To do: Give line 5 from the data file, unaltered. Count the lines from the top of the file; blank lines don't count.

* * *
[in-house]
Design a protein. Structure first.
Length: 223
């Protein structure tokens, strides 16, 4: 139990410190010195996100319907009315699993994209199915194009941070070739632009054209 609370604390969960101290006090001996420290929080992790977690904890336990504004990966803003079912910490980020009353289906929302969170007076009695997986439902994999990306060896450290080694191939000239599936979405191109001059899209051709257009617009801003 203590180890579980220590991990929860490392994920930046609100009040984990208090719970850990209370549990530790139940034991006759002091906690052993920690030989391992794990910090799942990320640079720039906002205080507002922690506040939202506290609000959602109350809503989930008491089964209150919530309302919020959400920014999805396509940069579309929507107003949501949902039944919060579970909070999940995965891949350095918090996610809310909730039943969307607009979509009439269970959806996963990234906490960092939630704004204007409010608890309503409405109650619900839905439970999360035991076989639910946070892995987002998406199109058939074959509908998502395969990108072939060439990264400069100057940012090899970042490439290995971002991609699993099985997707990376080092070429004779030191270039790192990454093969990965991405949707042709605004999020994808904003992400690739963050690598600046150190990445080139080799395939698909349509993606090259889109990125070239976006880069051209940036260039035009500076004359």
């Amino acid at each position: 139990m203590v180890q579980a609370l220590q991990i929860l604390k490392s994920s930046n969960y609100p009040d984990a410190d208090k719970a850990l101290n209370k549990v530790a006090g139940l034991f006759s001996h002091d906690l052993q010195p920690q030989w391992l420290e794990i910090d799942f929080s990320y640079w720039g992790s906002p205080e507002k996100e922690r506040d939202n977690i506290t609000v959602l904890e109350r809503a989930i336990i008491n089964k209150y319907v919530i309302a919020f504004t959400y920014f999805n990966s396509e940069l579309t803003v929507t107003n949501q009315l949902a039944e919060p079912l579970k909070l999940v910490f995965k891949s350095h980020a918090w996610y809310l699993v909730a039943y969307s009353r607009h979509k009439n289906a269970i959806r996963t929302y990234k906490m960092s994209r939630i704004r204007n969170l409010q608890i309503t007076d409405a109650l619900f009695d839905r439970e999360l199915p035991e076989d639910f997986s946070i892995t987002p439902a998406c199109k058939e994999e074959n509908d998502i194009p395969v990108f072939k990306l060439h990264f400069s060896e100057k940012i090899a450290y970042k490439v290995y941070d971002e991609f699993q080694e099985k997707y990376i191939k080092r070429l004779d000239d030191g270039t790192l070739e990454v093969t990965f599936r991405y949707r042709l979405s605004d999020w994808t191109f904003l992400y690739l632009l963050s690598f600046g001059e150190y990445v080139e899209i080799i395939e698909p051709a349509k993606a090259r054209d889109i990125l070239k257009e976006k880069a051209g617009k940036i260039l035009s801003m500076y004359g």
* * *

């Amino acid at each position: 139990m203590v180890q579980a609370l220590q991990i929860l604390k490392s994920s930046n969960y609100p009040d984990a410190d208090k719970a850990l101290n209370k549990v530790a006090g139940l034991f006759s001996h002091d906690l052993q010195p920690q030989w391992l420290e794990i910090d799942f929080s990320y640079w720039g992790s906002p205080e507002k996100e922690r506040d939202n977690i506290t609000v959602l904890e109350r809503a989930i336990i008491n089964k209150y319907v919530i309302a919020f504004t959400y920014f999805n990966s396509e940069l579309t803003v929507t107003n949501q009315l949902a039944e919060p079912l579970k909070l999940v910490f995965k891949s350095h980020a918090w996610y809310l699993v909730a039943y969307s009353r607009h979509k009439n289906a269970i959806r996963t929302y990234k906490m960092s994209r939630i704004r204007n969170l409010q608890i309503t007076d409405a109650l619900f009695d839905r439970e999360l199915p035991e076989d639910f997986s946070i892995t987002p439902a998406c199109k058939e994999e074959n509908d998502i194009p395969v990108f072939k990306l060439h990264f400069s060896e100057k940012i090899a450290y970042k490439v290995y941070d971002e991609f699993q080694e099985k997707y990376i191939k080092r070429l004779d000239d030191g270039t790192l070739e990454v093969t990965f599936r991405y949707r042709l979405s605004d999020w994808t191109f904003l992400y690739l632009l963050s690598f600046g001059e150190y990445v080139e899209i080799i395939e698909p051709a349509k993606a090259r054209d889109i990125l070239k257009e976006k880069a051209g617009k940036i260039l035009s801003m500076y004359g």